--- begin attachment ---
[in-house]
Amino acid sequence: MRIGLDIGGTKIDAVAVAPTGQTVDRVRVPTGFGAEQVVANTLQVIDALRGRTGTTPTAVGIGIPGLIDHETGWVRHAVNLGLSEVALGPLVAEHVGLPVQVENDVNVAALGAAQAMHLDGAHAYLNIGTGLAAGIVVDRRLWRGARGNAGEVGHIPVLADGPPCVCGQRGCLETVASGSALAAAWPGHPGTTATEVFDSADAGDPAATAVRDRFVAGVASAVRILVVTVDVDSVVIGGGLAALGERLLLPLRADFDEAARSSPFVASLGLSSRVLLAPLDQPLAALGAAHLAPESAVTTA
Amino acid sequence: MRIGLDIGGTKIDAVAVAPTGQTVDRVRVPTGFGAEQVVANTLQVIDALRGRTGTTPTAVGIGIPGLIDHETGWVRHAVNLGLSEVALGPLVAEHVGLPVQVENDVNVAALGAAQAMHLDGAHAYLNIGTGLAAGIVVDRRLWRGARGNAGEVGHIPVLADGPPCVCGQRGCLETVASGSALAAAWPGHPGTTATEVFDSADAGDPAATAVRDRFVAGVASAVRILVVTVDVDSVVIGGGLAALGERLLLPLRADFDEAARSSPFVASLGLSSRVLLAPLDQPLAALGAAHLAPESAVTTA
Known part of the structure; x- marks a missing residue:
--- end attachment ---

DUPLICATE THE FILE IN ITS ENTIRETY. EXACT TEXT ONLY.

[in-house]
Amino acid sequence: MRIGLDIGGTKIDAVAVAPTGQTVDRVRVPTGFGAEQVVANTLQVIDALRGRTGTTPTAVGIGIPGLIDHETGWVRHAVNLGLSEVALGPLVAEHVGLPVQVENDVNVAALGAAQAMHLDGAHAYLNIGTGLAAGIVVDRRLWRGARGNAGEVGHIPVLADGPPCVCGQRGCLETVASGSALAAAWPGHPGTTATEVFDSADAGDPAATAVRDRFVAGVASAVRILVVTVDVDSVVIGGGLAALGERLLLPLRADFDEAARSSPFVASLGLSSRVLLAPLDQPLAALGAAHLAPESAVTTA
Amino acid sequence: MRIGLDIGGTKIDAVAVAPTGQTVDRVRVPTGFGAEQVVANTLQVIDALRGRTGTTPTAVGIGIPGLIDHETGWVRHAVNLGLSEVALGPLVAEHVGLPVQVENDVNVAALGAAQAMHLDGAHAYLNIGTGLAAGIVVDRRLWRGARGNAGEVGHIPVLADGPPCVCGQRGCLETVASGSALAAAWPGHPGTTATEVFDSADAGDPAATAVRDRFVAGVASAVRILVVTVDVDSVVIGGGLAALGERLLLPLRADFDEAARSSPFVASLGLSSRVLLAPLDQPLAALGAAHLAPESAVTTA
Known part of the structure; x- marks a missing residue: